relationship with PC gamers has been strained for years.
, last-minute delays of PC releases, its insistence on
and CEO Yves Guillemot's
that nine out of ten PC gamers are filthy pirates have collectively made it a difficult publisher to love. But it promises that things are different now.
"We recognize the importance and needs of PC gamers, and want to continue to improve how we create and support games for PC," Alain Corre, the executive director of Ubisoft EMEA, told
. "As a percentage of our business, PC grew last year, from 11 per cent in 2012/13 to 15 per cent in 2013/14, which is an indication of the progress we're making."
That is perhaps a slightly simplistic way of looking at the situation, but the bottom line is that the PC's relevance as a game platform is actually increasing and that's something Ubisoft can't afford to ignore. Corre cited the change from always-on DRM to one-time activations, which he described as "a standard practice in the industry," as just one example of the company listening and responding to its fans.
"We're also doing our best to bring our games to PC at the same time as the console versions.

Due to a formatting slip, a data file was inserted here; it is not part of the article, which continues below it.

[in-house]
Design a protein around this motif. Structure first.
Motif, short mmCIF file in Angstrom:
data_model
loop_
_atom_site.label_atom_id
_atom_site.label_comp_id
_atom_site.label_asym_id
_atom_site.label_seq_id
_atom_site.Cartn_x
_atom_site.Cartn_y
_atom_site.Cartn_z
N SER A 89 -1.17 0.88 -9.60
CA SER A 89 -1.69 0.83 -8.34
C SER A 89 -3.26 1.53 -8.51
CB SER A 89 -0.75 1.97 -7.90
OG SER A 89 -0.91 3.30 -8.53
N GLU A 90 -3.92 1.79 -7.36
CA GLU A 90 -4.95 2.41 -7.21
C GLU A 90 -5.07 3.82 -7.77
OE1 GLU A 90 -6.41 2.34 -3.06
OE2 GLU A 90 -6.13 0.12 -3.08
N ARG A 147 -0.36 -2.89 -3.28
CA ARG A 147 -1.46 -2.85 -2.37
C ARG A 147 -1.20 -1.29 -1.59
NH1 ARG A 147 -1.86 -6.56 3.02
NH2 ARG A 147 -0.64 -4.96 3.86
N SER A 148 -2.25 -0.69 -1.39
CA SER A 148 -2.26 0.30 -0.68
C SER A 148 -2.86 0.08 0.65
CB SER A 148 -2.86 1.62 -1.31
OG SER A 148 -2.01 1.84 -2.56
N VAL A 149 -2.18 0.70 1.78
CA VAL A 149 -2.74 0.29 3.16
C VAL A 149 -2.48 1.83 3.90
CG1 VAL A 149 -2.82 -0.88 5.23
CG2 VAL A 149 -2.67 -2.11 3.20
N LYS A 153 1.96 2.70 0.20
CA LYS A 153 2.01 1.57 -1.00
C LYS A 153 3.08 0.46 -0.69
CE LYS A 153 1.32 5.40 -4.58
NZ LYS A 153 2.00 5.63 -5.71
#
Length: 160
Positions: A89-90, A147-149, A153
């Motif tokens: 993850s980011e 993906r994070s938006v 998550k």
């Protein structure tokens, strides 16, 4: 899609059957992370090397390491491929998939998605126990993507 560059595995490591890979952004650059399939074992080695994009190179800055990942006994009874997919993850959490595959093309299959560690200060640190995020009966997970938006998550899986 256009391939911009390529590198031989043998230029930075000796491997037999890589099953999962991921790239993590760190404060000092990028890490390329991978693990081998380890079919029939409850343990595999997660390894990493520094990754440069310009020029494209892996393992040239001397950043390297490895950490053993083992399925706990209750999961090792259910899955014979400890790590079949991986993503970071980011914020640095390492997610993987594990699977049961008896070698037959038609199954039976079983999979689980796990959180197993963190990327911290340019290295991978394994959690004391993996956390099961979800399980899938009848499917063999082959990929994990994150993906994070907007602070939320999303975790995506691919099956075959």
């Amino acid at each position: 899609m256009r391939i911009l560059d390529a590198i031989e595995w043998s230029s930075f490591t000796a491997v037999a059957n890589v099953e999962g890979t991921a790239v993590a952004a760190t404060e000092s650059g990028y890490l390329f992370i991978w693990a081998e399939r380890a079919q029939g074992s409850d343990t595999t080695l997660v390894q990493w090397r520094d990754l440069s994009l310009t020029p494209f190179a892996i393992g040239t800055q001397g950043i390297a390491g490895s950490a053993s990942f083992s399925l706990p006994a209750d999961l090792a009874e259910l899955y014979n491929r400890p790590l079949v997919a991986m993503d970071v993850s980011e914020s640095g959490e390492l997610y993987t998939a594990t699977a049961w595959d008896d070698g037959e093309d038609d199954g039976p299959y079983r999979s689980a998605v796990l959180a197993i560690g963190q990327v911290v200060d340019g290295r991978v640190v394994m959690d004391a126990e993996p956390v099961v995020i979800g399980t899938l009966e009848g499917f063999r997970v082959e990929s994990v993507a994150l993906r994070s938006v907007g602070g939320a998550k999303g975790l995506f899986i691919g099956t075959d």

Assassin's Creed Unity
Far Cry 4
, for example, will be released simultaneously on console and PC, and this will continue to be the goal for all our major titles," he said. "Finally, we are committed to improving the optimization of our games for each platform on which they're released – including PC."
It sounds good, but words are easy, and given Ubisoft's well-established history of delaying the PC releases of its games at the last minute—consider
Driver: San Francisco
Ghost Recon: Future Soldier
Assassin's Creed Brotherhood
Assassin's Creed Revelations
Assassin's Creed IV: Black Flag
—I think I'll wait a bit and see how things pan out before I offer any congratulations on a job well done.